John instructs Jack to find his family. Owen and Diane go to dinner, and Diane explains to Owen that equality and chivalry aren’t mutually exclusive. Diane asks what gains women have made in the past 50 years, and Owen chooses to inform her of in-vitro fertilization. (Really Owen, out of everything, that’s what you went with? Ugh.) Emma continues bonding with Alesha and Jade, and in the midst of singing them her favorite song, John busts in and yells at her for not behaving. Eww. Meanwhile, Owen’s invited Diane back to his place to read up about herself online. He makes a big deal out of not officially asking her over to his place, she asks if he’s got booze.
At the hostel, Emma calls Gwen to mediate the fight with John. John’s essentially an asshole, ordering Emma around like he’s her father – which he isn’t, because Emma will never see her father again, so she stomps out crying.
Chez Owen, Diane asks who all the beauty products belong to – they’re Owen’s, of course. Diane also wonders if Amelia Earhart is out there somewhere, just like her. Emma goes to sleep on Gwen’s couch, and Diane fucks Owen. Owen is surprised the “˜50s were not as repressed as he thought they were, though he does have to explain what fuckbuddies are. Diane doesn’t think sex is casual at all, she thinks it’s very important, and then there’s a trite metaphor about orgasms and airplanes.
Next morning, Rhys walks through his own living room, into his own kitchen, stark-naked, completely ignorant of the teenaged girl from the 1950s on the couch. Obviously, Emma wakes up just in time to see Rhys’ junk, so Gwen has to come up with an excuse as to why Emma’s with them – distant cousin, plans went awry, whatever. At the hub, Gwen thinks Emma should stay with her, of course. Also, Tosh has found John’s son! He’s in an old folks’ home, has Alzheimer’s, and has no descendents. John sits down with him and tries to show him photos, and find out from the nurses about him, but his son’s too far gone to connect. Somewhere else, Owen takes Diane to an airfield. They try to go flying, but all the pilots are booked for the day, and Diane’s sad. John’s son remembers bits about his childhood, but is lost in time himself. At the hub, Jack doesn’t know what to do – there’s no enemy, no one to fight, just three people to take care of.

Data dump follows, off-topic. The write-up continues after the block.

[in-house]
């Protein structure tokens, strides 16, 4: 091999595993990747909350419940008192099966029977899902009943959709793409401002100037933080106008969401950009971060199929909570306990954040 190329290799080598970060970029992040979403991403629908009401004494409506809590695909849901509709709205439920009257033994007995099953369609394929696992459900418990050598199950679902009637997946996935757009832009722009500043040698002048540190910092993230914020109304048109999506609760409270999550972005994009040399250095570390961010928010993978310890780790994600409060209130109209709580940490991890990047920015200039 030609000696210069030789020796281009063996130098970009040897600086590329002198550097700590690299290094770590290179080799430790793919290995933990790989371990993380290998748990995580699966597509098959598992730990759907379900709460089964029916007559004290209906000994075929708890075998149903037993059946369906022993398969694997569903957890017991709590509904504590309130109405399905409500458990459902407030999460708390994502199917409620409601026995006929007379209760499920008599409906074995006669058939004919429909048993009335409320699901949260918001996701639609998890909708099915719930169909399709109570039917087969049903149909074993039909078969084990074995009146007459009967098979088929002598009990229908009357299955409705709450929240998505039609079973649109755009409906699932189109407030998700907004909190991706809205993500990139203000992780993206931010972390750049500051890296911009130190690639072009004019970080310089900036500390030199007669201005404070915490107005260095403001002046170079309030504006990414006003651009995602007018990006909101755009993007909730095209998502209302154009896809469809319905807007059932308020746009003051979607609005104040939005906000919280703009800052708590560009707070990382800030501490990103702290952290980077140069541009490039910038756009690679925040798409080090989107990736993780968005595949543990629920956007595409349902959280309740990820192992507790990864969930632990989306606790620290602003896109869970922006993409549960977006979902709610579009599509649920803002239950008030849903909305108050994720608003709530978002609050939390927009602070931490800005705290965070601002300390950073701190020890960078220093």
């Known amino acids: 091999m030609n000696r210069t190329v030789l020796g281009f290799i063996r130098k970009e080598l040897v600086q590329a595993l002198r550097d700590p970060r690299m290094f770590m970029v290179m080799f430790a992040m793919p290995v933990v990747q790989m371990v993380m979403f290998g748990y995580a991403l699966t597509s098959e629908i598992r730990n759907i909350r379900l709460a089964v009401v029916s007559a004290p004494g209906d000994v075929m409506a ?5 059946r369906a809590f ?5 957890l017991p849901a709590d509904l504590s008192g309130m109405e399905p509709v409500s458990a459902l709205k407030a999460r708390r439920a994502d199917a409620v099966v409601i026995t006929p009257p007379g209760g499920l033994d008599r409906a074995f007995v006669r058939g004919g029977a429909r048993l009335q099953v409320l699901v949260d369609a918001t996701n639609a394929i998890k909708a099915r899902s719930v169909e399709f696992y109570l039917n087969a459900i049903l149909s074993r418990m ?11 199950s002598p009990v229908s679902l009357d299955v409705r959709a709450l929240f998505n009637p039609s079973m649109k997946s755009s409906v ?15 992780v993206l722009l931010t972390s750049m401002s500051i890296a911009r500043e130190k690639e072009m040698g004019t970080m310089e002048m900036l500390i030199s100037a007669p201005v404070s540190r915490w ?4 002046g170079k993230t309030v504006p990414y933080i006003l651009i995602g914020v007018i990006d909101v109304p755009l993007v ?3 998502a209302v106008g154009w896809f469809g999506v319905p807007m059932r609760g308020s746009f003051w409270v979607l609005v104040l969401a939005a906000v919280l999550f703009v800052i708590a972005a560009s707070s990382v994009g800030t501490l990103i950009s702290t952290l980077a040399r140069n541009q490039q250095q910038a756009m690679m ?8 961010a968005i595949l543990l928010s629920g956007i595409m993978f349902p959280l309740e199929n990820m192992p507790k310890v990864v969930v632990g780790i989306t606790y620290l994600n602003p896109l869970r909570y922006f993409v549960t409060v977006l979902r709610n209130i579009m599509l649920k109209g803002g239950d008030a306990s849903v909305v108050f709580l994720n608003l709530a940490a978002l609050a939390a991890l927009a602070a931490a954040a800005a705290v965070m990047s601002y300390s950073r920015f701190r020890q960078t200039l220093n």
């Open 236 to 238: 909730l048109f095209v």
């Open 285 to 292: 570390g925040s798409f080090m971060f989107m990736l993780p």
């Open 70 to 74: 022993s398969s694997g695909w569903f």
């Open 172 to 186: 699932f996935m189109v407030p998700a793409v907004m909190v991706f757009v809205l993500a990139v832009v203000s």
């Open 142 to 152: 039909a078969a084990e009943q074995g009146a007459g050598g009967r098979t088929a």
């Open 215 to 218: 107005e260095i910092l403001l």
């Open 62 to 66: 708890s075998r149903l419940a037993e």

For reasons that defy logic, Gwen takes Emma to a nightclub, and then leaves her alone on the dancefloor so she can go cuddle with Rhys in a corner. Some dude leads Emma by the hand off to a dark corner, and Gwen has to go in and pull him away from her – times have changed, men expect more! So they go home and Gwen attempts to explain sexual relations in the 21st century to Emma. How old do we think Emma is? 18? 22? 16? Regardless, it’s awkward, and Gwen certainly comes off feeling judged.